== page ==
Docker Swarm – Single Node

Docker Swarm Logo

In the previous tutorial, we created one small service, and let it run in an isolated Docker container. In reality, your application might consist of many of different services. An e-commerce application encompasses services to register new customers, search for products, list products, show recommendations and so on. These services might even exist more than one time when they are heavily requested. So an application can be seen as a composition of different services (that run in containers).

In this first part of the tutorial, we will work with the simple application of the Docker Basics Tutorial, that contains only one service. We will deploy this service more than one time and let run on only one machine. In part II we will scale this application over many machines.

Prerequisites

Before we start, you should have completed the first part of the tutorial series. As a result, you should an image uploaded to the DockerHub registry. In my case, the image name is vividbreeze/docker-tutorial:version1.

Docker Swarm

As mentioned above, a real-world application consists of many containers spread over different hosts. Many hosts can be grouped to a so-called swarm (mainly hosts that run Docker in swarm-mode). A swarm is managed by one or more swarm managers and consists of one or many workers. Before we continue, we have to initial a swarm on our machine.

docker swarm init

Swarm initialized: current node (pnb2698sy8gw3c82whvwcrd77) is now a manager.

To add a worker to this swarm, run the following command:

    docker swarm join --token SWMTKN-1-39y3w3x0iiqppn57pf2hnrtoj867m992xd9fqkd4c3p83xtej0-9mpv98zins5l0ts8j62ociz4w 192.168.65.3:2377

To add a manager to this swarm, run 'docker swarm join-token manager' and follow the instructions.

The swarm was initialised with one node (our machine) as a swarm manager.

Docker Stack

We now have to design our application. We do this in a file called docker-compose.yml.  So far, we have just developed one service, and that runs inside one Docker container. In this part of the tutorial, our application will only consist of one service. Now let us assume this service is heavily used and we want to scale it.

version: "3"
services:
  dataservice:
    image: vividbreeze/docker-tutorial:version1
    deploy:
      replicas: 3
    ports:
      - "4000:8080"

The file contains the name of our service and the number of instances (or replicas) that should be deployed. We now do the port mapping here. The port 8080 that is used by the service inside of our container will be mapped to the port 4000 on our host.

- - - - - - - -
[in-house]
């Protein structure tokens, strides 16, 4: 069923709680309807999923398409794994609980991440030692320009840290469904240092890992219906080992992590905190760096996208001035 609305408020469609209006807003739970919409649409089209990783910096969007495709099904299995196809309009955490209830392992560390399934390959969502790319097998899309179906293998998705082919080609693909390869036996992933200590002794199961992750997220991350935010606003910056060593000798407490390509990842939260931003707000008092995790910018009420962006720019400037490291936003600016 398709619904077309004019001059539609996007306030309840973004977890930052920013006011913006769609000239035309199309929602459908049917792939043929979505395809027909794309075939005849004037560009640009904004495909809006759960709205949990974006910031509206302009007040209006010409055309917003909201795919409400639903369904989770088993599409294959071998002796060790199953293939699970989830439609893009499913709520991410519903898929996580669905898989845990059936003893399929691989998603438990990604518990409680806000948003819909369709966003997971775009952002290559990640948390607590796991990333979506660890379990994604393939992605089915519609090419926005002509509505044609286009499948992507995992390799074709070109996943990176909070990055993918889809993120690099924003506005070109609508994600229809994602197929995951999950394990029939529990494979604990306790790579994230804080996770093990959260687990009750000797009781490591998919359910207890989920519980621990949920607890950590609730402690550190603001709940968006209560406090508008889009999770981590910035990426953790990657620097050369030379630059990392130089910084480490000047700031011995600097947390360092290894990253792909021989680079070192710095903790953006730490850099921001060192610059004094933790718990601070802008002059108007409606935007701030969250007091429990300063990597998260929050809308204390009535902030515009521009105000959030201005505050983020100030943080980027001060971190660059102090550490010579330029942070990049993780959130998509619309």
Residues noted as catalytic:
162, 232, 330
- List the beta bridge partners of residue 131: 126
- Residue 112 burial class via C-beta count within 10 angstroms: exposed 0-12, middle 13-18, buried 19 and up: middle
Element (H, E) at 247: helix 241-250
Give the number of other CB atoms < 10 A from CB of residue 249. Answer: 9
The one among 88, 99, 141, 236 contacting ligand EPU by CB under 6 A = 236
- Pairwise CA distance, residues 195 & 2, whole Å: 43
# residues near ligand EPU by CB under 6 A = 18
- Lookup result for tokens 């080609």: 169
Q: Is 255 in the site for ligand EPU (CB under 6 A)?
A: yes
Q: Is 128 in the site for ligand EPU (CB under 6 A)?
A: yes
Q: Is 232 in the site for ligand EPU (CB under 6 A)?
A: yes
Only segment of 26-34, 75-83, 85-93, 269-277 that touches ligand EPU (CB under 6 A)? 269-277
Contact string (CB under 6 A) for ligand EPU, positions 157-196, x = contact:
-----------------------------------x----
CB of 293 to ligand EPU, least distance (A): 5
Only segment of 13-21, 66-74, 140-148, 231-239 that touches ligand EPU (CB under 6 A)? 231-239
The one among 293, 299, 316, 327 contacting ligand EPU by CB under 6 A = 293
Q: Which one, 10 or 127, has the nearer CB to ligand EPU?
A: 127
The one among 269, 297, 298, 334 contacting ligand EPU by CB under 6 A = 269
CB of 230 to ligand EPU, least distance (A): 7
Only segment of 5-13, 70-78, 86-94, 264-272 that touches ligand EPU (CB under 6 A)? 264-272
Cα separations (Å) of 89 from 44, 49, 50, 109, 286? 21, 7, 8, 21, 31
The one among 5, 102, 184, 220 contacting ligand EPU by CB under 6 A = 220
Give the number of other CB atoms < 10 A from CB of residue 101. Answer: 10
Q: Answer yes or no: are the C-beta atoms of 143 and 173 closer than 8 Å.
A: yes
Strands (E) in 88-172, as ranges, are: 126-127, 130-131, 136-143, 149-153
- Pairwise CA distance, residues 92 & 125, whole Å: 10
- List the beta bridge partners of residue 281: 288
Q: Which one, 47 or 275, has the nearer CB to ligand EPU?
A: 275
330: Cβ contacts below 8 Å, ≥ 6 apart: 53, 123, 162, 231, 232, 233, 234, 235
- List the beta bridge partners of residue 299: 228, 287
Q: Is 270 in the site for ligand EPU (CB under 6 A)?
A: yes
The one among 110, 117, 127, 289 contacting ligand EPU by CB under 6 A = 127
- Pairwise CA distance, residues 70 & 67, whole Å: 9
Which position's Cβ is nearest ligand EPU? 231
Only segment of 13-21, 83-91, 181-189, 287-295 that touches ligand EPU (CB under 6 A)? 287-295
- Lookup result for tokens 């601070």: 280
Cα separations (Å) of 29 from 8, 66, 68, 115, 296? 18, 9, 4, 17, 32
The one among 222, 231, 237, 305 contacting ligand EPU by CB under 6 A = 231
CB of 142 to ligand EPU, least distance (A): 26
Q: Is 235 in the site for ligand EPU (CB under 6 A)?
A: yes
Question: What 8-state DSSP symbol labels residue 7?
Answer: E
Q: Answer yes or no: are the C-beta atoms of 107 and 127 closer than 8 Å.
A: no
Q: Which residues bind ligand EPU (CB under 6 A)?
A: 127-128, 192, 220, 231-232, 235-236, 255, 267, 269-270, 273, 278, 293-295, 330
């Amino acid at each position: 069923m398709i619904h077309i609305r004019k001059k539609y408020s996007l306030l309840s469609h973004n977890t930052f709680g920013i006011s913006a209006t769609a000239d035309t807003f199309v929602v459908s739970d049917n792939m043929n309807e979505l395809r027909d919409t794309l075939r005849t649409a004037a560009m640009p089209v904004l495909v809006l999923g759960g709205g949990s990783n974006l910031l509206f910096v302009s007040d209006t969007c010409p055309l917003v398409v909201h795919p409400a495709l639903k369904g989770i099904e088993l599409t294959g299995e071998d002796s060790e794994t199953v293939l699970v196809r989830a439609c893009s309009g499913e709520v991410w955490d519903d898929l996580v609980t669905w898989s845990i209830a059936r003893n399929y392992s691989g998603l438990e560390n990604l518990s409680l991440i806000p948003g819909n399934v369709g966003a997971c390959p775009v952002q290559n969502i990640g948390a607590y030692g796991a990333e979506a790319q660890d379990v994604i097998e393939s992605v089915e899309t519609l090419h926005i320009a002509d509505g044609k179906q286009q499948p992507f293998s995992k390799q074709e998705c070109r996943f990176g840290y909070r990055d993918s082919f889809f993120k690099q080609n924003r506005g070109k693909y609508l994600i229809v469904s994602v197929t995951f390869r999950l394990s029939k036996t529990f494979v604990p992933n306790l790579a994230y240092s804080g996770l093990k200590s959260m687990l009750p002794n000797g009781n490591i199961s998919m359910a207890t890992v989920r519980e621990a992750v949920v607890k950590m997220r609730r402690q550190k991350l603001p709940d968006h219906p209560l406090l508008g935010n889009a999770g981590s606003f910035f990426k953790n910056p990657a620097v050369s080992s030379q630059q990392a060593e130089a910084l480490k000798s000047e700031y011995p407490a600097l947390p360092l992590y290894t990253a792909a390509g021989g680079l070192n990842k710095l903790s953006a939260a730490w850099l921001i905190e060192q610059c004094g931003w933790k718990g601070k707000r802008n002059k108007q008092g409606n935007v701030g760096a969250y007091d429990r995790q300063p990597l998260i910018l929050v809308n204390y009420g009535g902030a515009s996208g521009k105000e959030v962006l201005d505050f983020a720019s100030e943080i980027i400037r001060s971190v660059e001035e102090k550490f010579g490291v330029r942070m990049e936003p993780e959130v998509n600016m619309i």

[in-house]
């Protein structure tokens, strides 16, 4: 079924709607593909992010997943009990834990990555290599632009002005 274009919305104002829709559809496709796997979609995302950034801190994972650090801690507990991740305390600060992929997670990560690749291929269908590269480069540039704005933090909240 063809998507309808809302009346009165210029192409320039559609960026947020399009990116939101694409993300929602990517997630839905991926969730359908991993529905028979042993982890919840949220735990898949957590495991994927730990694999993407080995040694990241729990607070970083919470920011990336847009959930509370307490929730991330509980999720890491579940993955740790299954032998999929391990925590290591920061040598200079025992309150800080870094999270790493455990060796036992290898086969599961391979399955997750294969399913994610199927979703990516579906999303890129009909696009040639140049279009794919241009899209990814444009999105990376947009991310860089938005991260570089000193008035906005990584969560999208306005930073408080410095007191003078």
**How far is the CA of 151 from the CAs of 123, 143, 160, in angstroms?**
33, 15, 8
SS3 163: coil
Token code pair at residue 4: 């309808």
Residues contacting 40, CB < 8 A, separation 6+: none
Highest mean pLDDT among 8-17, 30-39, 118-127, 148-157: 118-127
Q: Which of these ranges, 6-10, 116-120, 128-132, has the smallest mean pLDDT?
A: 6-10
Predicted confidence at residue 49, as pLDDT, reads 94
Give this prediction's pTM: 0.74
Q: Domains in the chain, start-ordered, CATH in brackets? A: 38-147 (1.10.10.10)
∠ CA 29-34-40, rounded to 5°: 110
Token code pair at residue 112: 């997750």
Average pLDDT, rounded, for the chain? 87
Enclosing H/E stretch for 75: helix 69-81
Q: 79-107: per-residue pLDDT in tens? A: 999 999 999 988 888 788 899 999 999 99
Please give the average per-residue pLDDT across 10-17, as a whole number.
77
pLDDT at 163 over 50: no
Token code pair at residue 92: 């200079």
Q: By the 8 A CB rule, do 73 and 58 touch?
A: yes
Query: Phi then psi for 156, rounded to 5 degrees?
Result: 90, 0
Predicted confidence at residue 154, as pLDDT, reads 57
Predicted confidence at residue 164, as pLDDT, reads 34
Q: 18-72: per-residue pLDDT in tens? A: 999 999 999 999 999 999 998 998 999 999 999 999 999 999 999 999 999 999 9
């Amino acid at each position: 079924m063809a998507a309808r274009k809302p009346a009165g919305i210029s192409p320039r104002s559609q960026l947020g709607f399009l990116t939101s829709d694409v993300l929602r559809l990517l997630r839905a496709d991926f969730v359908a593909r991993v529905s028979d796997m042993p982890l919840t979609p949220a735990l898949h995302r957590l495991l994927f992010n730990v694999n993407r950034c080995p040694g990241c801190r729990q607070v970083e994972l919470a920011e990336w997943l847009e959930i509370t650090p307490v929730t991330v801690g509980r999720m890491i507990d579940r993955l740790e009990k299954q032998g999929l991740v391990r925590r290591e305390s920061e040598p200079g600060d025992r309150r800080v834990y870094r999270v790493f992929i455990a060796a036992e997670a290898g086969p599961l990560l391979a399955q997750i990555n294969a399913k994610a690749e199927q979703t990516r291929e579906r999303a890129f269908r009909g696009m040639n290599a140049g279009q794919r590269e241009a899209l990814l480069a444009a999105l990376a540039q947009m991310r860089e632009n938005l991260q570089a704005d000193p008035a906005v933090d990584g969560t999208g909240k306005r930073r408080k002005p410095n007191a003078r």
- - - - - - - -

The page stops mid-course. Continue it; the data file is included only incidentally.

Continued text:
To create our application use (you have to invoke this command from the vm-manager node)

docker stack deploy -c docker-compose.yml dataapp

Creating network dataapp_default
Creating service dataapp_dataservice

Docker now has created a network dataservice_web and a network dataservice_webnet. We will come to networking in the last part of this tutorial. By “stack”, Docker means a stack of (scaled) services that together form an application. A stack can be deployed on one swarm. It has to be called from a Swarm manager.

Let us now have a look, of how many containers were created

docker container ls

ONTAINER ID        IMAGE                                  COMMAND              CREATED                  STATUS              PORTS                    NAMES
bb18e9d71530        vividbreeze/docker-tutorial:version1   "java DataService"   Less than a second ago   Up 8 seconds                                 dataapp_dataservice.3.whaxlg53wxugsrw292l19gm2b
441fb80b9476        vividbreeze/docker-tutorial:version1   "java DataService"   Less than a second ago   Up 7 seconds                                 dataapp_dataservice.4.93x7ma6xinyde9jhearn8hjav
512eedb2ac63        vividbreeze/docker-tutorial:version1   "java DataService"   Less than a second ago   Up 6 seconds                                 dataapp_dataservice.1.v1o32qvqu75ipm8sra76btfo6

In Docker terminology, each of these containers is called a task. Now each container cannot be accessed directly through the localhost and the port (they have no port), but through a manager, that listens to port 4000 on the localhost. These five containers, containing the same service, are bundled together and appear as one service. This service is listed by using

docker service ls
ID                  NAME                  MODE                REPLICAS            IMAGE                                  PORTS